transcends and meets your desperate cries. But Christ’s love also transcends and meets you at your point of frustration, at the point where you feel like the world is pressing in on you, and you’ve got the weight of the world on your shoulders.” In verse 36, Paul refers to Psalm 44:22. When you look back at the entire Psalm, you see how the writer very distraught when he is writing this. He is weary and he is suffering for no apparent reason. He is pleading for God to show up and start acting. This is what Paul wants us to remember right before he says, “No, despite all these things, overwhelming victory is ours through Christ, who loved us.” He wants us to remember our lowest points, and taken assurance in the knowledge that although we have these things happen to us, Christ love and victory are constant and unchanging. In verse 37, Paul answers the question he posed in verse 35 when he says, “No, despite all these things, overwhelming victory is ours through Christ, who loved us.” Matthew Henry in his commentary says this: “We are conquerors by virtue of Christ’s victory. We have nothing to do but to pursue the victory, and to divide the spoils.” “Love” is again used in verse 37, but it comes from a different Greek word than previously talked about in verse 35. Whereas the use of love in verses 35 and 39 speak of “affection” and “good will”, the “love” in verse 37 comes from the Greek word Agapao, which means, “to welcome, to entertain, to be fond of, to love dearly.” This is the gooey love that God has for you. This paragraph shows two different sides of God’s love that co-exists even during our most challenging and our darkest times. Throughout this entire passage there is a very joyous, very excited tone, and I think it perhaps comes out the strongest in this verse. It is a shout of victory! Paul is already throwing a celebration, knowing full well of the overwhelming victory that is soon to be his. He just couldn’t hold his enthusiasm inside any longer.

Verse 38, 39 The answer to the questions posed in verses 31-34 are all answered in verses 38 and 39: “And I am convinced that nothing can ever separate us from his love.” In case there is any room for doubt, Paul contrasts figures of speech to make his point crystal clear. “Death can’t and life can’t. The angels can’t, and the demons can’t. Our fears for today, our worries about tomorrow, and even the powers of hell can’t keep God’s love away. Whether we are high above the sky or in the deepest ocean, nothing in all creation will ever be able to separate us from the love of God that is revealed in Christ Jesus our Lord.” Matthew Henry says this: “And here he [Paul] enumerates all those things which might separate between Christ and believers, and concludes that it could not be done.” One thing that I really found interesting was the contrasting of “death” and “life” are contrasted. But I don’t really believe that these English words do justice to what Paul is trying to say. The word “death” is used for the Greek word “Thanatos”. “Thanatos” can be defined as: “the death of the body a) the separation (whether natural or violent) of the soul and the body by which the life on earth is ended b) with the implied idea of future misery in hell c) since the nether world, the abode of the dead was conceived as being very dark, it is the equivalent to the region of thickest darkness.” On the other hand “life” comes from the Greek word “Zoe” which can be defined as: 1. a) the state of one who is possessed of vitality or is animate b) every living soul 2. a) of the absolute fullness of life, both essential and ethical, which belong to God, and through him both to the hypostatic “logos” and to Christ in whom the “logos” put on human nature. b) life real and genuine, a life active and vigorous, devoted to God, blessed, in the portion even in this world of those who put their trust in Christ, but after the resurrection to be consummated by new accessions and to last forever.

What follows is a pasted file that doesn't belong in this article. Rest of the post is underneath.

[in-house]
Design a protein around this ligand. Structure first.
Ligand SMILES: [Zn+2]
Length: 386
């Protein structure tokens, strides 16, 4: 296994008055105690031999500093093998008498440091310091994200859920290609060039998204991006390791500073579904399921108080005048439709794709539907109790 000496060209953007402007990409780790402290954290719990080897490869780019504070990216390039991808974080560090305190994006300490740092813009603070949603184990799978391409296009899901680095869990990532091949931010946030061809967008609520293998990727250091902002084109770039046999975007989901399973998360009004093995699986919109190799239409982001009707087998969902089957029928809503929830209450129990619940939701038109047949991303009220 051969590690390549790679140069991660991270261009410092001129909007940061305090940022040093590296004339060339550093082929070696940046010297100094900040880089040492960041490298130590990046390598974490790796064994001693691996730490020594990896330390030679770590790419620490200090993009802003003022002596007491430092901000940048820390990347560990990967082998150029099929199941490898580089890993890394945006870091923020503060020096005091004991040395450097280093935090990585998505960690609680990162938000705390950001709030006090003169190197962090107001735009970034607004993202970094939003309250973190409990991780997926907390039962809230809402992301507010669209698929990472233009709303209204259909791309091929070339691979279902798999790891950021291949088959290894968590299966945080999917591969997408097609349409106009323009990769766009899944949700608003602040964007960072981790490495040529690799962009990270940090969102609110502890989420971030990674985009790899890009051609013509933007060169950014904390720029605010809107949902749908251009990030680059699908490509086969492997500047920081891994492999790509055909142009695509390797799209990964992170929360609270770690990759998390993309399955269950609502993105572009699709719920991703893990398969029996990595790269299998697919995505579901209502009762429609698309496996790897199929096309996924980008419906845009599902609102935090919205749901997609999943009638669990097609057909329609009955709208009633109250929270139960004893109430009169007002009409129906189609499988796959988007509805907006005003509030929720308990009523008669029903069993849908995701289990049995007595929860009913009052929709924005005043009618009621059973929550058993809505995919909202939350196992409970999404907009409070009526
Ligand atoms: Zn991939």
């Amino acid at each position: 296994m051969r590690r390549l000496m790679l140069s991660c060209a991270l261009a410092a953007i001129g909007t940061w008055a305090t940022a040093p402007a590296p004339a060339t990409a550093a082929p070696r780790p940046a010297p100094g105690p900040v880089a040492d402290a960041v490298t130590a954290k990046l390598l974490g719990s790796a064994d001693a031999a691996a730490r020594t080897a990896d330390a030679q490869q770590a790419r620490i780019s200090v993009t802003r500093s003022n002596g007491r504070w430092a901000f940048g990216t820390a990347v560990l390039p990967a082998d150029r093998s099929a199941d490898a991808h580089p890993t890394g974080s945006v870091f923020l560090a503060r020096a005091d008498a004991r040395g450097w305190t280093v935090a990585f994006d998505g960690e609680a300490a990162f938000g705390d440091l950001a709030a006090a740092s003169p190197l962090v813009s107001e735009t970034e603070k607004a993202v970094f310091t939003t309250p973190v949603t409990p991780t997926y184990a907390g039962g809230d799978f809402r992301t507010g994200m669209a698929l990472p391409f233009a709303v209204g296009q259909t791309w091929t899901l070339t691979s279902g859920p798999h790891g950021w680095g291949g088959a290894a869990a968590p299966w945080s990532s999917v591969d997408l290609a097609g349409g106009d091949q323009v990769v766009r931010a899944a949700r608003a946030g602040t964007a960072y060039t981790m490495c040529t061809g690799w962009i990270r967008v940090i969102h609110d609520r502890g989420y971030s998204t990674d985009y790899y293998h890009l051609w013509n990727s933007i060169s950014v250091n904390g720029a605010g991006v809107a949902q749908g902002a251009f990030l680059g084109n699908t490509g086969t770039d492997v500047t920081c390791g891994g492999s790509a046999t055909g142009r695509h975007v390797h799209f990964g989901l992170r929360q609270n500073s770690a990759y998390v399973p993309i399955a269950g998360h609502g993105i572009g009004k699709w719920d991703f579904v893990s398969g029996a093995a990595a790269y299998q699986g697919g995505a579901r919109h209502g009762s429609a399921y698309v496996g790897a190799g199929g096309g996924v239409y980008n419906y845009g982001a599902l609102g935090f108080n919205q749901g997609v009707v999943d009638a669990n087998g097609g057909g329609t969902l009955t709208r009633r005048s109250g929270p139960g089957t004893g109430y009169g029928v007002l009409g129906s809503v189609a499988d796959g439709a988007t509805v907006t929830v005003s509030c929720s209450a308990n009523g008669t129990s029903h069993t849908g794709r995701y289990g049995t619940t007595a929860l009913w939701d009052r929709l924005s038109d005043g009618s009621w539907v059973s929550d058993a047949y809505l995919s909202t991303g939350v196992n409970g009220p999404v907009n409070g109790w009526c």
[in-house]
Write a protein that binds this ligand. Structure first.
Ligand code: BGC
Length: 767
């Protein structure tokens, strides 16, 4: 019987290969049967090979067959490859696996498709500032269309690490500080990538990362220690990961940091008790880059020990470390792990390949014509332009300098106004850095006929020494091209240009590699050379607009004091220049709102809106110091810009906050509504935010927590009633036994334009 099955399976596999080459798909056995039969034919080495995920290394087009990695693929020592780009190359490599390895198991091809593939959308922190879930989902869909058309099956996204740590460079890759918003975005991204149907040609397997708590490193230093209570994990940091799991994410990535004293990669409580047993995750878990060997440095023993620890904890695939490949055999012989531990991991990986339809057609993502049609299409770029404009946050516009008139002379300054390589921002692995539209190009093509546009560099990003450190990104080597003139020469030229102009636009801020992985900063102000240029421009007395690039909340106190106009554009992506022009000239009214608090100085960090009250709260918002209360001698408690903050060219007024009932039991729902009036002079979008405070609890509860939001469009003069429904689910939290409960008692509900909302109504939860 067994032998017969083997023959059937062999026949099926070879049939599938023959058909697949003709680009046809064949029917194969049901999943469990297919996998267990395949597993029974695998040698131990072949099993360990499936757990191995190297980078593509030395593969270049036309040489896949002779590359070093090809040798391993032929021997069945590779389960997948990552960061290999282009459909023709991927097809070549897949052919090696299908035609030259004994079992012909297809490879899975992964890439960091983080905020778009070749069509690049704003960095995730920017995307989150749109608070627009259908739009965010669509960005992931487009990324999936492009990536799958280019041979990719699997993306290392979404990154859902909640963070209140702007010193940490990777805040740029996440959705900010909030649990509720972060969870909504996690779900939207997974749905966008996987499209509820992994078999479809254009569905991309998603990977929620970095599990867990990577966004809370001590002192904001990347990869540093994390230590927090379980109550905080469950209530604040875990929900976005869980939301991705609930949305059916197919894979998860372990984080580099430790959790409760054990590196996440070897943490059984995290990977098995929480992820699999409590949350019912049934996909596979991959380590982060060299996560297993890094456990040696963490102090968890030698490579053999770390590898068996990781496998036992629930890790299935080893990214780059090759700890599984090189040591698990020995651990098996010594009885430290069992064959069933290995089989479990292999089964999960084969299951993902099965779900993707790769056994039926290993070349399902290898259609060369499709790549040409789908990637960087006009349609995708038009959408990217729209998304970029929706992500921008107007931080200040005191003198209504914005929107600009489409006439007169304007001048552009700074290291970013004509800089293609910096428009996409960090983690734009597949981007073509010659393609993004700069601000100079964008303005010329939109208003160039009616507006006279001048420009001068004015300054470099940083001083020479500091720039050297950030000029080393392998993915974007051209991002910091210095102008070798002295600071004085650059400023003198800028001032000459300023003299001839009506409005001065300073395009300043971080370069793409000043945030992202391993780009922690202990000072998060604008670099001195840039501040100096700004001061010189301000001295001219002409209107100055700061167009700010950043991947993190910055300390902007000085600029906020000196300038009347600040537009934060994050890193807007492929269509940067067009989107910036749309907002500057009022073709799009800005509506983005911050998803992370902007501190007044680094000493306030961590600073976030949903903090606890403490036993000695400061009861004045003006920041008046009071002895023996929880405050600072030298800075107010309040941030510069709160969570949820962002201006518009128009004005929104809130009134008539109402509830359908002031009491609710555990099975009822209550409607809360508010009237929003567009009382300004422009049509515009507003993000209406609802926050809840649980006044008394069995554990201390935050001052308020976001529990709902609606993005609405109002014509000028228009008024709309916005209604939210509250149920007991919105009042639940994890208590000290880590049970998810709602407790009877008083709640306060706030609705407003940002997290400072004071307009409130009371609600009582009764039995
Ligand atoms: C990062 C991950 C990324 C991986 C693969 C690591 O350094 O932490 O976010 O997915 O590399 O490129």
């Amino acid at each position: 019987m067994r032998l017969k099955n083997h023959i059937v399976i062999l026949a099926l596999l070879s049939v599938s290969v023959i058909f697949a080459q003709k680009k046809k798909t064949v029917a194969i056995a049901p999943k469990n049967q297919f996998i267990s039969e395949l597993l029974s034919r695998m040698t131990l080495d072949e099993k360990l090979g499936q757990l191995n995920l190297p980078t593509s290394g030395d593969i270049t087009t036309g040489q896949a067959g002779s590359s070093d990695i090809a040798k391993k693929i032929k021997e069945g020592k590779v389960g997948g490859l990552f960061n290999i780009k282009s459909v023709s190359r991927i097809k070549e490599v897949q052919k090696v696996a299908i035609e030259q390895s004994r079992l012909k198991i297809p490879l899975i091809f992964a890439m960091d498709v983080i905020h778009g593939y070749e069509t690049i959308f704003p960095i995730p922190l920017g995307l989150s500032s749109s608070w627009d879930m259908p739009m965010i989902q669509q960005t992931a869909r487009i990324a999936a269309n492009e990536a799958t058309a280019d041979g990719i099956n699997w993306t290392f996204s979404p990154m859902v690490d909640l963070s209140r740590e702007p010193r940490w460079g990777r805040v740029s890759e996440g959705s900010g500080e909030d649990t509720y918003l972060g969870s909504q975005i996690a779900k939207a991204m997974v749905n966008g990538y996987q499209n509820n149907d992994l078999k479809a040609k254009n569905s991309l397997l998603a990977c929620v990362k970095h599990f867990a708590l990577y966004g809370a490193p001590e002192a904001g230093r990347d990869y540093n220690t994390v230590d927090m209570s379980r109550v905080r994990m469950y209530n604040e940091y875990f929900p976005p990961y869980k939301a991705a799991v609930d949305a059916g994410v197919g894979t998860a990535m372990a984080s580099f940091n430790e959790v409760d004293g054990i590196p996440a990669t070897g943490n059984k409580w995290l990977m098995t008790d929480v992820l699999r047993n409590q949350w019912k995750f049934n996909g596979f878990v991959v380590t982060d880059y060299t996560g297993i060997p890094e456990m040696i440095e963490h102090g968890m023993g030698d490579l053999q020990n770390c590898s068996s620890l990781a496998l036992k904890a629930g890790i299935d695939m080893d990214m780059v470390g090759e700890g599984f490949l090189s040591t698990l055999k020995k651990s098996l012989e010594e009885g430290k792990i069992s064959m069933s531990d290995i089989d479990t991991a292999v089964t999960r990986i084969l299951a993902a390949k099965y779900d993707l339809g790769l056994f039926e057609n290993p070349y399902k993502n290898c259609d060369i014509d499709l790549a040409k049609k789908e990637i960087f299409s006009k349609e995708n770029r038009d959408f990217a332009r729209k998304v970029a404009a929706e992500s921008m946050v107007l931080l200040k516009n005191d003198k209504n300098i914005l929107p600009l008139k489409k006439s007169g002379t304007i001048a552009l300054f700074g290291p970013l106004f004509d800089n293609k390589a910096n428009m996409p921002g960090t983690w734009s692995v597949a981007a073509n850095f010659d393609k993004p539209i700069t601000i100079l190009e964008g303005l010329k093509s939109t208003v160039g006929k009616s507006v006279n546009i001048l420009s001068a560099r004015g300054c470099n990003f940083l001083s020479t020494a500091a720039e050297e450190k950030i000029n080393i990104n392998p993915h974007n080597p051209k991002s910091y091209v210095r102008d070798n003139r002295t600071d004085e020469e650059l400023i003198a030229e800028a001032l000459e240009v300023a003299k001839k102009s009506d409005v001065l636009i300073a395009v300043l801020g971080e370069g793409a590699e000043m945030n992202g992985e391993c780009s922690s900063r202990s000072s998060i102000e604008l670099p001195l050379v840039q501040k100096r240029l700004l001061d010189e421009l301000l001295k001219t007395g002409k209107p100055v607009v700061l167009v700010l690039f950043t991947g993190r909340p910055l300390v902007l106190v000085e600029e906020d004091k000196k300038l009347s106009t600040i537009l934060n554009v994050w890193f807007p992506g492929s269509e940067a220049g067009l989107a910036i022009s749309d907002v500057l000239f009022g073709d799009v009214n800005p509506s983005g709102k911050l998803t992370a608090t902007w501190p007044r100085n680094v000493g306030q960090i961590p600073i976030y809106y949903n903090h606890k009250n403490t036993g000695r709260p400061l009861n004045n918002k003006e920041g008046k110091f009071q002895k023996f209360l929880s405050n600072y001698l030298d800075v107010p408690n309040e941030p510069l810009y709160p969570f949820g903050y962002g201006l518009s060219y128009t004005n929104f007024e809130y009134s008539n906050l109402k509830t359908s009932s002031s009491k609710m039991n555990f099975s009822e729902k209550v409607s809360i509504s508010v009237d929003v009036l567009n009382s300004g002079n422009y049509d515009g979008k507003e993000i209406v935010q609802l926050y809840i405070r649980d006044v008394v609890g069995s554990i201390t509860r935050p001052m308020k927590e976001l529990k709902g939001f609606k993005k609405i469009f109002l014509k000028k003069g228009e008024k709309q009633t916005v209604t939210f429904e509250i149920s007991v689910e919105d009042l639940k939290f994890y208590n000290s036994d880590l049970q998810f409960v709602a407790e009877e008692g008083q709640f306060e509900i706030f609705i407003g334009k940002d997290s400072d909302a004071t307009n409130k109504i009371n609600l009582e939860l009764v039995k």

In English, “life” and “death” often refer to simply physical states of being. In the original Greek though, they meant so much more. There was a much deeper spiritual realm to them. I think what Paul is saying in these verses is that complete and utter darkness, even the depths, cannot squelch God’s love for us. And on the flipside, life, not simply as just breathing, but truly living, it is not greater than God’s love for us either. The very things that make up human existence, they are flattened when compared against the love that God has for each one of us. In this part of the passage, Paul goes to all lengths, and gives us every example he can think of to show how God’s love is greater than anything we, as humans, have ever known. APPLICATION: So how does this apply to us today? I think probably the biggest lesson we need to learn and remember from this is that God is on our side. He loves us, both with good will and affection. Regardless of the circumstances around us, regardless of the light or dark times in our lives, God’s love is constant. Events may sometimes happen that make us doubt God and question if He is there. The shooting at Columbine and the attacks on the World Trade Centers are two recent examples. We wonder where a loving God is in the midst of all of this. But we cannot be separated from Christ’s love even in the midst of calamity. On an individual level, when you’ve fallen and made so many mistakes and done so many wrong things and you’re at the point where you feel like you’re just too messed up to talk to God, when you are at the darkest place you can imagine, you still cannot be separated from Christ’s love. Or perhaps it’s nothing that you’ve done, but for whatever reason you have descended into an emotional hell. You can’t see God. You feel abandoned. There seems